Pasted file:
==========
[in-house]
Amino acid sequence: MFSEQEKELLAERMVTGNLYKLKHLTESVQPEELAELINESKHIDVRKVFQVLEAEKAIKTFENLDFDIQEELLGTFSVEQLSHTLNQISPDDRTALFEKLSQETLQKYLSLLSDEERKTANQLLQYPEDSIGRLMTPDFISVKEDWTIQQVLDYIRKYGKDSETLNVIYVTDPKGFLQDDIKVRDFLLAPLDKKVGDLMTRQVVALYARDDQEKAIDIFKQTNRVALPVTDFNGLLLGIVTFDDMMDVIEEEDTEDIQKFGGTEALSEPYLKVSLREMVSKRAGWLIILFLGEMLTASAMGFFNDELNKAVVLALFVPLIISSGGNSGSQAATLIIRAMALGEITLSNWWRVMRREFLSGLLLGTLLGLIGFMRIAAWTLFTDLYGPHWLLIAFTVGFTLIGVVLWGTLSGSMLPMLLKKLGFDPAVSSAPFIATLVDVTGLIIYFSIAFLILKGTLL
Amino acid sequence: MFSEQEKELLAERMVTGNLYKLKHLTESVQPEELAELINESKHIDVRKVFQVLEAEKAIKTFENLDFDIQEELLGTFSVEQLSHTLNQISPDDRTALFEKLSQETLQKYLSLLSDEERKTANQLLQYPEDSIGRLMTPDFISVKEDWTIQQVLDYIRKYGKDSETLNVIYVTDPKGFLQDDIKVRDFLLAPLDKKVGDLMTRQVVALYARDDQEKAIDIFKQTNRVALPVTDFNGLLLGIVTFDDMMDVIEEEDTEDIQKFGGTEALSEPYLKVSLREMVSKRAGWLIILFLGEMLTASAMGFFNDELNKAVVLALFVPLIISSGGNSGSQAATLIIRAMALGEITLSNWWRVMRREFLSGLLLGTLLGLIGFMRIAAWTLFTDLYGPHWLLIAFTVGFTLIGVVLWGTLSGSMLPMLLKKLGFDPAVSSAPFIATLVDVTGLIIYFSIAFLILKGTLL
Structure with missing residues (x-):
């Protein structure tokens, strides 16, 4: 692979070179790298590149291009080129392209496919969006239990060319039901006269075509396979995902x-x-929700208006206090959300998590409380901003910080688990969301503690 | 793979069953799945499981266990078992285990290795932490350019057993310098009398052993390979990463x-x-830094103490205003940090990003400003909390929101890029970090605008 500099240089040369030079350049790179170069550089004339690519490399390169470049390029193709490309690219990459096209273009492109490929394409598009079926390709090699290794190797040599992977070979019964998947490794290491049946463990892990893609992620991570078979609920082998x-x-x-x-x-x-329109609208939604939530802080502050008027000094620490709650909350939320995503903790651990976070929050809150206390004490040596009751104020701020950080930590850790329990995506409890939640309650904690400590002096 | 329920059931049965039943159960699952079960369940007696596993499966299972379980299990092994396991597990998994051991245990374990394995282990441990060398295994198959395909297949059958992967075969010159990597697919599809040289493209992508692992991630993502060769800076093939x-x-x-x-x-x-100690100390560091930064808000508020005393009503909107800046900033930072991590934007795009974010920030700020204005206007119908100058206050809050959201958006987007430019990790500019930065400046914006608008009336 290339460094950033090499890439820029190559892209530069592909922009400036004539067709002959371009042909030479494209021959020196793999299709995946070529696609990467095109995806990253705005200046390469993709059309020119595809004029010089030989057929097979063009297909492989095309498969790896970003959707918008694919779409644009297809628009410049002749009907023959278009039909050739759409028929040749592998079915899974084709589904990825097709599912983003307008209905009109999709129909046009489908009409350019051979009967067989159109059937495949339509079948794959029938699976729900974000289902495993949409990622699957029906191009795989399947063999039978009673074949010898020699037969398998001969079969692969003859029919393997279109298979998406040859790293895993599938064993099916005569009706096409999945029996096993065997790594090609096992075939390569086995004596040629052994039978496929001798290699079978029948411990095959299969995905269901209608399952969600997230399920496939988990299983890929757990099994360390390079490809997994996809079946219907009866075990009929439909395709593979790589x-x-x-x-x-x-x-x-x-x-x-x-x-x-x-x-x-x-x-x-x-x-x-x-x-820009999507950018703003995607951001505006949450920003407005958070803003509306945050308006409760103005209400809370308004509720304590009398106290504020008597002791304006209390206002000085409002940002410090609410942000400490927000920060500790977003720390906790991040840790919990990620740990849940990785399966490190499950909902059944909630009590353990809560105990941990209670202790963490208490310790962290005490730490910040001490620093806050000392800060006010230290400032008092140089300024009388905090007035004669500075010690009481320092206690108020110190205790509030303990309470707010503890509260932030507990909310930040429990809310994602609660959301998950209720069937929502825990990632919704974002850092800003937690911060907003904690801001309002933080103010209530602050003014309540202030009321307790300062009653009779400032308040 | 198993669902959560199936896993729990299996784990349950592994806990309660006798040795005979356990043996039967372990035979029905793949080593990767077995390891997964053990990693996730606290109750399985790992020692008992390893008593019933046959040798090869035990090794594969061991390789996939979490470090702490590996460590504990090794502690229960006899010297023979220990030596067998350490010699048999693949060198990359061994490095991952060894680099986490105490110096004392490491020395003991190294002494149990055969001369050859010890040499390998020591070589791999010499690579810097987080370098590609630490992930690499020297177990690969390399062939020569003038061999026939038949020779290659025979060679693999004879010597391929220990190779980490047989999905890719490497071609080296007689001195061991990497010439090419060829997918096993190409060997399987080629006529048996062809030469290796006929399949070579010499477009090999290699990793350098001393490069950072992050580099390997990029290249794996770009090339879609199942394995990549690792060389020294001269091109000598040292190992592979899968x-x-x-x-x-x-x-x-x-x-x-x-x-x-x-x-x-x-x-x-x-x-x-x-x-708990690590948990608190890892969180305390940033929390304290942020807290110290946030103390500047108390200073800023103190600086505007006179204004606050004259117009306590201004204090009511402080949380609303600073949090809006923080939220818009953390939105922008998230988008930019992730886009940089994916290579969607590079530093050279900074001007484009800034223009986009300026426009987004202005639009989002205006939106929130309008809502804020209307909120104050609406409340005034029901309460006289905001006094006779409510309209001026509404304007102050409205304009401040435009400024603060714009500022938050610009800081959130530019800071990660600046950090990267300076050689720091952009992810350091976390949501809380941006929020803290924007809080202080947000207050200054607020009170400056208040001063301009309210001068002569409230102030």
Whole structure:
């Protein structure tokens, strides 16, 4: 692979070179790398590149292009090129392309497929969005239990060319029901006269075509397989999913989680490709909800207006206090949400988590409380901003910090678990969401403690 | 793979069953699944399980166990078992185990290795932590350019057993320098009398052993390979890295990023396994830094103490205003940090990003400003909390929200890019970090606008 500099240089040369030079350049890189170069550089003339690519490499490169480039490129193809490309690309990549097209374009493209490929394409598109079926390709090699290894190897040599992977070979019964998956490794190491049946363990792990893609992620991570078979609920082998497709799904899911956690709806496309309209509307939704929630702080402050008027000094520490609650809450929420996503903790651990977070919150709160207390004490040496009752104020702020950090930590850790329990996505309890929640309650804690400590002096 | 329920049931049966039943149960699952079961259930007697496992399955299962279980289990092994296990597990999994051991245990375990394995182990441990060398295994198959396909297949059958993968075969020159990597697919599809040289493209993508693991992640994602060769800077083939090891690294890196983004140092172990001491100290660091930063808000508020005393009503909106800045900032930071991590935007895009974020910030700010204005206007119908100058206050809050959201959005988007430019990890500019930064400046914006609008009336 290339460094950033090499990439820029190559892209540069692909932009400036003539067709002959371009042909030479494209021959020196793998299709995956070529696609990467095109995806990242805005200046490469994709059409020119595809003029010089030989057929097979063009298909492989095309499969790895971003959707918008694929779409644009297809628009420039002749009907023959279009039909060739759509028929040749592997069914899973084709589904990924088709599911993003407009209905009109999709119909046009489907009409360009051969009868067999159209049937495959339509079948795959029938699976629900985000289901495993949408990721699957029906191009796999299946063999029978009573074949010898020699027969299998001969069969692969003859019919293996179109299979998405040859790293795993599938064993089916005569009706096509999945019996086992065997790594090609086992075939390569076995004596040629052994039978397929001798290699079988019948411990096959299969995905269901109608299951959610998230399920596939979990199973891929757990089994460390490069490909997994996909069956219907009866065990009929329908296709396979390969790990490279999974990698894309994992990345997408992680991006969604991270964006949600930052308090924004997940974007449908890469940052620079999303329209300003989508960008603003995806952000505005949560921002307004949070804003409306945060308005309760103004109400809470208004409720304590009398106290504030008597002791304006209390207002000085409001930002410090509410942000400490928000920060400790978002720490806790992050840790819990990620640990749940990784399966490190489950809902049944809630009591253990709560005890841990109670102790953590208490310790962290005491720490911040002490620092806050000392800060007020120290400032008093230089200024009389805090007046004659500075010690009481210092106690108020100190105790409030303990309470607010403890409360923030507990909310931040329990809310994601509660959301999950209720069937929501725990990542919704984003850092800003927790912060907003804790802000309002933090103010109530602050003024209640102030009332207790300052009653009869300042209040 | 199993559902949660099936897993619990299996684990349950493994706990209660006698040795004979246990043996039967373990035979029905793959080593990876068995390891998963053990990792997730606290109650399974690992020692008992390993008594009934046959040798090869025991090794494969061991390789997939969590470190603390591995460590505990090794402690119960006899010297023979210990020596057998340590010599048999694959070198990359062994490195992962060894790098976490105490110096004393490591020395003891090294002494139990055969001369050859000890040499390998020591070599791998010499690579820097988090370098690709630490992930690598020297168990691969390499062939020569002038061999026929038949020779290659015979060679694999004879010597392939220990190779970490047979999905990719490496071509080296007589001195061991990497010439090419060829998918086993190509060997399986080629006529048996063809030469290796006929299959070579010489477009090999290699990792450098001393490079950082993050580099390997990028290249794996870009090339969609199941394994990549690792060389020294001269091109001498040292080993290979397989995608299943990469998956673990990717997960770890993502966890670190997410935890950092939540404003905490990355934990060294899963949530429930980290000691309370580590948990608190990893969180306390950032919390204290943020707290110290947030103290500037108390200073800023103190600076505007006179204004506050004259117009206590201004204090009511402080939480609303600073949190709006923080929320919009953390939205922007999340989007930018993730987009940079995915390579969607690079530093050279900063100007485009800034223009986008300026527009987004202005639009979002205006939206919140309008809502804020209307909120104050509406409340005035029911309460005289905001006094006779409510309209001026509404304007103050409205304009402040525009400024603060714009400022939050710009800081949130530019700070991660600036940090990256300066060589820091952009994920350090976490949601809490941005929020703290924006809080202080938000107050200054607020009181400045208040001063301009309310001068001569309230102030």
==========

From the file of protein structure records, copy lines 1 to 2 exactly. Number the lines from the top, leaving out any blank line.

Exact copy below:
[in-house]
Amino acid sequence: MFSEQEKELLAERMVTGNLYKLKHLTESVQPEELAELINESKHIDVRKVFQVLEAEKAIKTFENLDFDIQEELLGTFSVEQLSHTLNQISPDDRTALFEKLSQETLQKYLSLLSDEERKTANQLLQYPEDSIGRLMTPDFISVKEDWTIQQVLDYIRKYGKDSETLNVIYVTDPKGFLQDDIKVRDFLLAPLDKKVGDLMTRQVVALYARDDQEKAIDIFKQTNRVALPVTDFNGLLLGIVTFDDMMDVIEEEDTEDIQKFGGTEALSEPYLKVSLREMVSKRAGWLIILFLGEMLTASAMGFFNDELNKAVVLALFVPLIISSGGNSGSQAATLIIRAMALGEITLSNWWRVMRREFLSGLLLGTLLGLIGFMRIAAWTLFTDLYGPHWLLIAFTVGFTLIGVVLWGTLSGSMLPMLLKKLGFDPAVSSAPFIATLVDVTGLIIYFSIAFLILKGTLL